He’s shooting a career-best 41.6 percent from the three-point line and earlier this year was among the top three-point shooters percentage-wise in the league. He comes into the game, plays his role and doesn’t try to do too much. A key utility guy who does what is asked of him and can contribute to winning.
NBA Daily: Under the Radar – Eastern Conference
Flying under the radar is rarely seen as a good thing amongst athletes, but to be identified as somebody under the radar is categorically different. Drew Maresca identifies the five best “under the radar” players in the Eastern Conference.
Flying under the radar is a double-edged sword for professional basketball players. On the one hand, it grants anonymity, allowing them to get where they want to go on and off the court with relative ease. But on the other hand, it’s a slap in face when someone’s body of work warrants more recognition than it’s received. Very few people grow up wanting to be underground stars. They might admire said stars. But professionally, most people want to prefer to be successful and mainstream.
But fans already know the successful and familiar basketball players. So instead, Basketball Insiders is identifying the best of the rest. We’ll pick five players who, despite their strong play throughout the 2019-20 season, managed to go relatively unnoticed. That’s not to say we’re selecting scrubs. It means we’re picking five players with whom the average sports fan should be more familiar than they are.
Because there are so many candidates, we thought it was best to divide the talent pool by conference. David Yapowitz will cover the Western Conference’s top under the radar candidates; but first, let’s identify the five best Eastern Conference players who flew under the radar in 2019-20.
Locally, LeVert is seen as a rising star who can score and create for others. Still, injuries and superstar teammates have hampered his coming out party.
Granted, LeVert missed 24-consecutive games from November 12, 2019 – January 2, 2020, but he averaged 16.7 points, 5 rebounds and 4 assists in 31.5 minutes per game prior to the All-Star break. And he was still on the mend from a 2018-19 injury.
And yet, LeVert only garnered 21,394 total All-Star votes and only 3 player votes. Comparatively, teammate Spencer Dinwiddie received 459,419 and 30 total player votes. And for the sake of context, Giannis Antetokounmpo led all Eastern Conference players in All-Star voting with 5,902,286 total votes and 258 total player votes.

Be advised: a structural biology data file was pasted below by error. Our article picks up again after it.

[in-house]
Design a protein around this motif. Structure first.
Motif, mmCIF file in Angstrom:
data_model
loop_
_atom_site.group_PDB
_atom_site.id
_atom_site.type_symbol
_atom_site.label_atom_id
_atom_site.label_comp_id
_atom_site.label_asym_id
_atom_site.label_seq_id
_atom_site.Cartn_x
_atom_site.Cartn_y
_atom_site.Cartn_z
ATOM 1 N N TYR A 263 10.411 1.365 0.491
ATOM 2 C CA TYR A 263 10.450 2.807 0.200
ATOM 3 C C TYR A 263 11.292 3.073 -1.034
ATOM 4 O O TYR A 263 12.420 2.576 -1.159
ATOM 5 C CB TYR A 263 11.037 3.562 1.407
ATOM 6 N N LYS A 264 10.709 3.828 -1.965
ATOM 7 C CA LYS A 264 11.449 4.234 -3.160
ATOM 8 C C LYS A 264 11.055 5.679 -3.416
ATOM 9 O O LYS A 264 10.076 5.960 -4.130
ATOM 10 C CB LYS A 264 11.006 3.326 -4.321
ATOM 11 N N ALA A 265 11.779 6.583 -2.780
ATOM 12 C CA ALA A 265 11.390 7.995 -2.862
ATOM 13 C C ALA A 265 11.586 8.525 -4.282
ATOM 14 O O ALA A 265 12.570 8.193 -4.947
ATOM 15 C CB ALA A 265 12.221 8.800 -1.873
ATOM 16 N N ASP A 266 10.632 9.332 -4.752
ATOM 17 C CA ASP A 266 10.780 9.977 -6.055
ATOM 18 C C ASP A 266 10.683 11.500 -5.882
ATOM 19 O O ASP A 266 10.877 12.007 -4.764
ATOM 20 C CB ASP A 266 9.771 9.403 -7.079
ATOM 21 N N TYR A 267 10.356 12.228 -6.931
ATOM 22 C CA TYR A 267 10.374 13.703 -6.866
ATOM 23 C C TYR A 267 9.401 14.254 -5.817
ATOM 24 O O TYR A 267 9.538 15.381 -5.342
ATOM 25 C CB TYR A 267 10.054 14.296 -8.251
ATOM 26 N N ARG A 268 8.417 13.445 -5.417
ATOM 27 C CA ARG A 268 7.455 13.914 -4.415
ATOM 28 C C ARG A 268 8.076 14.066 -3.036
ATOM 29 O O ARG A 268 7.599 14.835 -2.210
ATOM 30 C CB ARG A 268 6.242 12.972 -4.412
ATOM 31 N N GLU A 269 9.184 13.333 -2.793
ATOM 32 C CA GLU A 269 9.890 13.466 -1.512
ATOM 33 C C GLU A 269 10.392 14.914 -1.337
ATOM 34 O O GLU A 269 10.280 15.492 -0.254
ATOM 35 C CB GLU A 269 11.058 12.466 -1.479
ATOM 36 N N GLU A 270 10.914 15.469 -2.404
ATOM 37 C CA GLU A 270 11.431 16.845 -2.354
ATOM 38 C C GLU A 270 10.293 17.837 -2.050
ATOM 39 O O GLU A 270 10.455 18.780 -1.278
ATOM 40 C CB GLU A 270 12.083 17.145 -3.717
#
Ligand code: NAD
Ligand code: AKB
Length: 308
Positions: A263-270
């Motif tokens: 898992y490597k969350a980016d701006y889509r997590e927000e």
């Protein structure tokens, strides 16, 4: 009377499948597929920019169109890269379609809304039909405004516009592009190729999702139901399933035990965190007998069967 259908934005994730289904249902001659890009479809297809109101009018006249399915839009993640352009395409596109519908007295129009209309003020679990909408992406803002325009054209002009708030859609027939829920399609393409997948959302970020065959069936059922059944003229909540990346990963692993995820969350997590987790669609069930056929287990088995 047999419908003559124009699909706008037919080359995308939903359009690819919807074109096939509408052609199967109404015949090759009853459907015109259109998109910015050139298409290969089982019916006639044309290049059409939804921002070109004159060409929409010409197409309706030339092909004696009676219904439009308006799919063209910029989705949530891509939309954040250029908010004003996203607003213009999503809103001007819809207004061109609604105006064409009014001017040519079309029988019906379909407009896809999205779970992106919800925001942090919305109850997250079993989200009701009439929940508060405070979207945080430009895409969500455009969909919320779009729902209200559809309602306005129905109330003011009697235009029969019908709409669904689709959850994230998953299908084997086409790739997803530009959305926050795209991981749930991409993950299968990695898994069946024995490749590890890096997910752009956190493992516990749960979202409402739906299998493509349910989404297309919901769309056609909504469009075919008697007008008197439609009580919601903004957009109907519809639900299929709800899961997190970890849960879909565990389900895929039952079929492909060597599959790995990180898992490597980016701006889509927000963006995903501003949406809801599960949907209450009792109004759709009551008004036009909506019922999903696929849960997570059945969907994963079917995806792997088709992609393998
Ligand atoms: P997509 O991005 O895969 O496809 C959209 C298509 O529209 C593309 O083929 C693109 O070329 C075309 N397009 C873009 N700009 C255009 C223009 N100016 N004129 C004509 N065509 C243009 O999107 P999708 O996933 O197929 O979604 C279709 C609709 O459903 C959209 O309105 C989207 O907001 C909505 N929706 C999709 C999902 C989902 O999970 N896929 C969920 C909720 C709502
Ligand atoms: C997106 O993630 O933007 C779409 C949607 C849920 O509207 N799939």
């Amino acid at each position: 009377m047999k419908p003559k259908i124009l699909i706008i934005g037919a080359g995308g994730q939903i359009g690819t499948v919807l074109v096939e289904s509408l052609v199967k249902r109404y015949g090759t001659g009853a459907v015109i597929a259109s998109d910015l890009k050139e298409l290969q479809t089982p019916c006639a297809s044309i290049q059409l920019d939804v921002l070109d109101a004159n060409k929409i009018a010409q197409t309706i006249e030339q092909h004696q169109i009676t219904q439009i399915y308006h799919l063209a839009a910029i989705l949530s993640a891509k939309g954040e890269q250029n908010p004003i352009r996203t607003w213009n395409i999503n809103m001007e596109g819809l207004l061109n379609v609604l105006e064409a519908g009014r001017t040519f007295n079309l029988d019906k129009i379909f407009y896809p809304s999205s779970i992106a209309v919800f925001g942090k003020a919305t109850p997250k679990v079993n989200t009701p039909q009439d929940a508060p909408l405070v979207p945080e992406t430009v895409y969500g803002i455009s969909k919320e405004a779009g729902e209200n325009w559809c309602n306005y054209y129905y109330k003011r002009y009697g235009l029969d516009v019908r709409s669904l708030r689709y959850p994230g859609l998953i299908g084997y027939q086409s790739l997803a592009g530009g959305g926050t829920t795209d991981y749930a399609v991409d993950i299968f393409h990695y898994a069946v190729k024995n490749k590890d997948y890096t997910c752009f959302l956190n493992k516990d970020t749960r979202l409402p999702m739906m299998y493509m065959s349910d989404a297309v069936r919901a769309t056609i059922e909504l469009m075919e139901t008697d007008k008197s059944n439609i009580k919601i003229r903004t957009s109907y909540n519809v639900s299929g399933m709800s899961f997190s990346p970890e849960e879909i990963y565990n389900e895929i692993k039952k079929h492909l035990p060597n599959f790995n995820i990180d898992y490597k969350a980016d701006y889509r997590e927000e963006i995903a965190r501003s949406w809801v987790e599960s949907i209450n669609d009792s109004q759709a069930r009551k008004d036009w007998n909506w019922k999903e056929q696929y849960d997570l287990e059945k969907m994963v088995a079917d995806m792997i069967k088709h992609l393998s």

And LeVert performed even better in the 11 games after the All-Star break. He averaged 24.1 points, 5.3 rebounds and 5.4 assists per game following the break including a 51-point performance in a win at Boston on March 3.
His silky-smooth game is tailor-made to complement Kevin Durant and Kyrie Irving in Brooklyn. And as much as the rhetoric around the Nets is that they plan to search for a third start to complement Irving and Durant, they will be hard-pressed to do better than LeVert — who is signed to a more-than-affordable contract that will pay him $16.2 million in 2020-21, $17.5 million in 2020-21 and $18.79 million in 2022-23.
LeVert is still only 25-years-old and in his fourth season in the NBA. He might be under the radar for now, but he won’t be for long.
The versatile 6-foot-8 Reddish was a blue-chip recruit when he entered Duke approximately 18 months ago. But his passive style of play led to him taking a backseat to his two superstar teammates, RJ Barrett and Zion Williamson. But Reddish’s positives still shined through, leading to him being selected 10th overall in the 2019 NBA Draft by the Atlanta Hawks.
The Hawks were an interesting fit for Reddish considering they also drafted De’Andre Hunter, another three-and-D wing. But playing alongside a gifted player like Trae Young creates more than enough space to learn how one fits into the NBA game without receiving too much attention from the defense or criticism from the media.
And it’s worked out pretty well for Reddish – especially of late. Reddish was already seen as one of Hawks best defenders, according to former teammate Chandler Parsons. But Reddish’s offensive output has also surged of late. After averaging just 9.3 points prior to the All-Star break, Reddish surged to 16.3 points per game in the 11 games since. Further, he’s shooting 50% from the field – compared to only 35.3% before the All-Star break – and his three-point percentage is also up to 38.9% from 31.6%.